Once again, I remind you that the rule of three applies when doing Flashbacks. As I've made my three offerings, that's all till next week. Dedicated 80s-philes can find more flashbacks in the archives. As always, your comments are welcome on today's, or any other, flashback post. And if you like what I'm doing here, please share the link with your friends. If, however, you don't like the flashback, feel free to share it with your enemies.

And if you are on Twitter, and feel so inclined, please +K my influence in Music on @klout.

I'll see you in seven!

Saturday, July 05, 2014

There is a Calm ...

There is a calm before the storm.
There is a calm after the storm.

The only difference between 
these two states and the state 
of your mind during a storm

Words and image ©BSW

Friday, July 04, 2014

Friday 80s Flashback for July 4, 2014

80s Boombox via Zazzle

[Red, White, and Bruised ... er, Blue!] -- Once in a while, the Fourth of July lands on a Friday. When that occurs, many of us in the States are given a three-day weekend to celebrate a unique event: when 13 scrappy, English colonies engaged in an act of civil disobedience. Well, it was actually an act of treason. And it was committed by writing a sternly worded letter to King George III, who wouldn't receive his copy until August 30, 1776. Now, I don't know what the Founding Fathers would make of this week's playlist. But there will be plenty of serious fare discussing the events of 1776 on the web, radio, and television. So on the Flashback, we're gong to cut loose and have some fun. If you're ready to celebrate with me in 80s rock style, then read and hear more after the break. We'll enjoy a few tracks that somehow have a little red, white, or blue associated with them.

Friday, June 27, 2014

Friday 80s Flashback for June 27, 2014

[An Idol Post] -- I heard a Billy Idol song on the radio this week. Now, finding Billy Idol on the FM dial is not exactly a rare occurrence. As a solo artist, and not counting compilations, the man released seven studio albums, a live album, one EP, and 34 singles. And he's not exactly a slouch: Over his career, he has been nominated three times for a Grammy and ten times for the MTV Video Music Awards (he even won one of those). So, there's a pretty good chance that at any hour of the day, some pop/rock station, particularly if it's an 80s station, will be spinning one of his tracks (if we can still call what DJs do "spinning). However, it got me to thinking: What about the band he left just before he became a solo star?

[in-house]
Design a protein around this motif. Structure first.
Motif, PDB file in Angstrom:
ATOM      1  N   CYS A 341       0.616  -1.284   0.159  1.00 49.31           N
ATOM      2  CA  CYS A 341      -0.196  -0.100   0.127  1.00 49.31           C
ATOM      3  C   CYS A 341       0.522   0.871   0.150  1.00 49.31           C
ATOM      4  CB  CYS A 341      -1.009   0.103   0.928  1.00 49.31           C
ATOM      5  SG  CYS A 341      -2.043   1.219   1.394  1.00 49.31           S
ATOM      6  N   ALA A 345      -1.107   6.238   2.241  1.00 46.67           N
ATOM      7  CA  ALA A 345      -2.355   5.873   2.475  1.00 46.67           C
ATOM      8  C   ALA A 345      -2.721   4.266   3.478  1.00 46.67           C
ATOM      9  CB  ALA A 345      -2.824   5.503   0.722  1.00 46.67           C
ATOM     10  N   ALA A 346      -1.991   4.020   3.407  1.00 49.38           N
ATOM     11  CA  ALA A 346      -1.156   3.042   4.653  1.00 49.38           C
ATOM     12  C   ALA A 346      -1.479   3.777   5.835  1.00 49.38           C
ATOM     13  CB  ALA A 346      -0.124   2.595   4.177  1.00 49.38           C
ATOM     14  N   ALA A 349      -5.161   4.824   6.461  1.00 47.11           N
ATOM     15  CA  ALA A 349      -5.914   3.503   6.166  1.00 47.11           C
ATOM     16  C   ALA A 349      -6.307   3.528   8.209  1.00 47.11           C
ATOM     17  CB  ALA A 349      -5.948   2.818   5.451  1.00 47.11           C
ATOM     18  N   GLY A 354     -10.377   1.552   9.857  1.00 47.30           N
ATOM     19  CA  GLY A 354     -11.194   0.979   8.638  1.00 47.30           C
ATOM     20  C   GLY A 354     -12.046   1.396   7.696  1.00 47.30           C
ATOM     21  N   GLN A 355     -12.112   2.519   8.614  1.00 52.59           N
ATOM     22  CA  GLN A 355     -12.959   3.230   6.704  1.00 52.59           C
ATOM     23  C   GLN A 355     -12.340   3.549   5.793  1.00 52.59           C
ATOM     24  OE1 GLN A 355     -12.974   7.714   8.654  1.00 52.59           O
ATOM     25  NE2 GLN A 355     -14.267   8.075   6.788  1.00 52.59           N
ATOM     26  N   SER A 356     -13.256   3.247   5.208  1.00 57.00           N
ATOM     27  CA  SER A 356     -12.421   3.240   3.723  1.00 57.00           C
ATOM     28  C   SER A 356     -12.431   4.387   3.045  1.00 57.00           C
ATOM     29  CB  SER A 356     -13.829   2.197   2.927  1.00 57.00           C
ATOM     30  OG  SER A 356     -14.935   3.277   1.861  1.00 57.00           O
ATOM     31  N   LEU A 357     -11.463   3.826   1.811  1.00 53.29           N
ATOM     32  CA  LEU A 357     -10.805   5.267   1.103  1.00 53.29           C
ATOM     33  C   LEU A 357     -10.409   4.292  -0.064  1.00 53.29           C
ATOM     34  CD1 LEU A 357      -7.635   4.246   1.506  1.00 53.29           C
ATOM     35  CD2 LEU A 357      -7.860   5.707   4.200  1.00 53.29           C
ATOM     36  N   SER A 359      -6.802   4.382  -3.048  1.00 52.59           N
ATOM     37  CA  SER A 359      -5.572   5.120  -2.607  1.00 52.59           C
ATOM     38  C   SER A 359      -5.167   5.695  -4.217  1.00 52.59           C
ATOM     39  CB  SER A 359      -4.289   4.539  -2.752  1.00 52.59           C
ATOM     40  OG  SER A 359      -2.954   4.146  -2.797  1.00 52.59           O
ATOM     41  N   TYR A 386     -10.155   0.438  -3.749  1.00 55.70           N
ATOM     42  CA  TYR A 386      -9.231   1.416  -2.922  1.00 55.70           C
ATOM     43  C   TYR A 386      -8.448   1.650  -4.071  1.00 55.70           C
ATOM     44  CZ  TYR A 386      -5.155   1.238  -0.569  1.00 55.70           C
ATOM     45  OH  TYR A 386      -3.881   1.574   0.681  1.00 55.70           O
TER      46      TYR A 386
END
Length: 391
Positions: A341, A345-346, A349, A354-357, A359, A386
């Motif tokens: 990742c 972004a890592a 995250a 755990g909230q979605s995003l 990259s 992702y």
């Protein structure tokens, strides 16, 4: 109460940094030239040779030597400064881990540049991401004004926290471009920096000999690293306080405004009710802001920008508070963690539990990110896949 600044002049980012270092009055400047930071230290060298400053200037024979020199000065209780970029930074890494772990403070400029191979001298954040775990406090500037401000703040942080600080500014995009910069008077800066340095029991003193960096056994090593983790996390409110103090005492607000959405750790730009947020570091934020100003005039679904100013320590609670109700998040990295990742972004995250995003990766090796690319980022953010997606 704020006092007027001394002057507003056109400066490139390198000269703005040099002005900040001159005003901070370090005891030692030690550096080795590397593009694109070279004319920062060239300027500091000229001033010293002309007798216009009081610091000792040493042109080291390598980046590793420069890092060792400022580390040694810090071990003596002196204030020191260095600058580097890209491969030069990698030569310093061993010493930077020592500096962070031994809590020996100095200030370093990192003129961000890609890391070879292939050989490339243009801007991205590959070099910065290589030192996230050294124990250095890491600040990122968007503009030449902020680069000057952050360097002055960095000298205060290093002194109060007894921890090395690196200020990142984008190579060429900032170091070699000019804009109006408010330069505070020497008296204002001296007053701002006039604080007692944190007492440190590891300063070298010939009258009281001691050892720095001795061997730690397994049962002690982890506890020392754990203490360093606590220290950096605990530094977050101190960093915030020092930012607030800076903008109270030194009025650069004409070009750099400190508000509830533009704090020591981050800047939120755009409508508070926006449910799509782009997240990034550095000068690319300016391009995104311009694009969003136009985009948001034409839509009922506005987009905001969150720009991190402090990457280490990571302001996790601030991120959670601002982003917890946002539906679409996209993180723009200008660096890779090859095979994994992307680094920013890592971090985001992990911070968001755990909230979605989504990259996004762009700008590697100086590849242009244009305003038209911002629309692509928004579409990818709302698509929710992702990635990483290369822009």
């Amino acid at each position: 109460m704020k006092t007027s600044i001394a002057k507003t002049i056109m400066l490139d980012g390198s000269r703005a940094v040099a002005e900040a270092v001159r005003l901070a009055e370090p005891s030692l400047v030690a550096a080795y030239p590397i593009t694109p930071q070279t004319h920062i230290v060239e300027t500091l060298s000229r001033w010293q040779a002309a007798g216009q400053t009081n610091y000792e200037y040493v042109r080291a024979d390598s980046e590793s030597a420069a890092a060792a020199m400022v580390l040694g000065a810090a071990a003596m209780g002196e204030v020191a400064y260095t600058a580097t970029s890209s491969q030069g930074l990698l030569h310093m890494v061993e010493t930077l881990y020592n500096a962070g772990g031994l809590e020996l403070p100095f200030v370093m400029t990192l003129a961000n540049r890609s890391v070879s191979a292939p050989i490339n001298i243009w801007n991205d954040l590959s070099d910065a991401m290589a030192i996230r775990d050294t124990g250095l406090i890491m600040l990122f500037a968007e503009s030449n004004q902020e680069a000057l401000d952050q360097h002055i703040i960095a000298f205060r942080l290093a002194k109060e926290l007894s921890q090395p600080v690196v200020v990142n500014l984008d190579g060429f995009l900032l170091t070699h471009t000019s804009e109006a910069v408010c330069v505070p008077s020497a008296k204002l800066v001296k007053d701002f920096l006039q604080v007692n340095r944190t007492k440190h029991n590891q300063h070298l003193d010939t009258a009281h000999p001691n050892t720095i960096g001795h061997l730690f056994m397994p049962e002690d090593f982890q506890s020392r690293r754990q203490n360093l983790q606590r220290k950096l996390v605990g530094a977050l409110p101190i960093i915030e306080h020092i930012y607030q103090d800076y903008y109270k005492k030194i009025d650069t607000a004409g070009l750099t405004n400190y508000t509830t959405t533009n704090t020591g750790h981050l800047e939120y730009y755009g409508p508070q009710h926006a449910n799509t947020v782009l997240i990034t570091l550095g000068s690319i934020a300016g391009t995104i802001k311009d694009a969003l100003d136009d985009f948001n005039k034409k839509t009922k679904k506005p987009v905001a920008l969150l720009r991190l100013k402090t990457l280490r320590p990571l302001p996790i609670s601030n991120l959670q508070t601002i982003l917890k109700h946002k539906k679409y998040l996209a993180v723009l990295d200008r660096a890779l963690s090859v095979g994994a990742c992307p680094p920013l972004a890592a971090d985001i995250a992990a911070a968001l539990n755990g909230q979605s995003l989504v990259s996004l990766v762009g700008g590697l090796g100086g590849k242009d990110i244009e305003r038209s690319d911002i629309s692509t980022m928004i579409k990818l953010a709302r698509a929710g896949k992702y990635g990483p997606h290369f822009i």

Billy Idol first garnered some notoriety as a member of the punk band, Generation X. Generation X got started late in 1976 and, after a few lineup tweaks that saw Billy Idol move from guitar to vocals, they released their debut album in 1978. Ignoring most of the "rules" established by other UK punk bands, Generation X took much of their inspiration from British pop of the 1960s. Consequently, they were one of the first punk bands to appear on the BBC show, Top of the Pops. Musical tensions regarding the band's direction surfaced between their second LP, Valley of the Dolls (January 1979), and what would have been their third studio LP, Sweet Revenge (recorded in 1979 but unreleased until 1998). 1980 saw more personnel changes and the band made another go at a record. They abbreviated their name to Gen X and released Kiss Me Deadly (1981). The album failed to chart, and the band fell apart.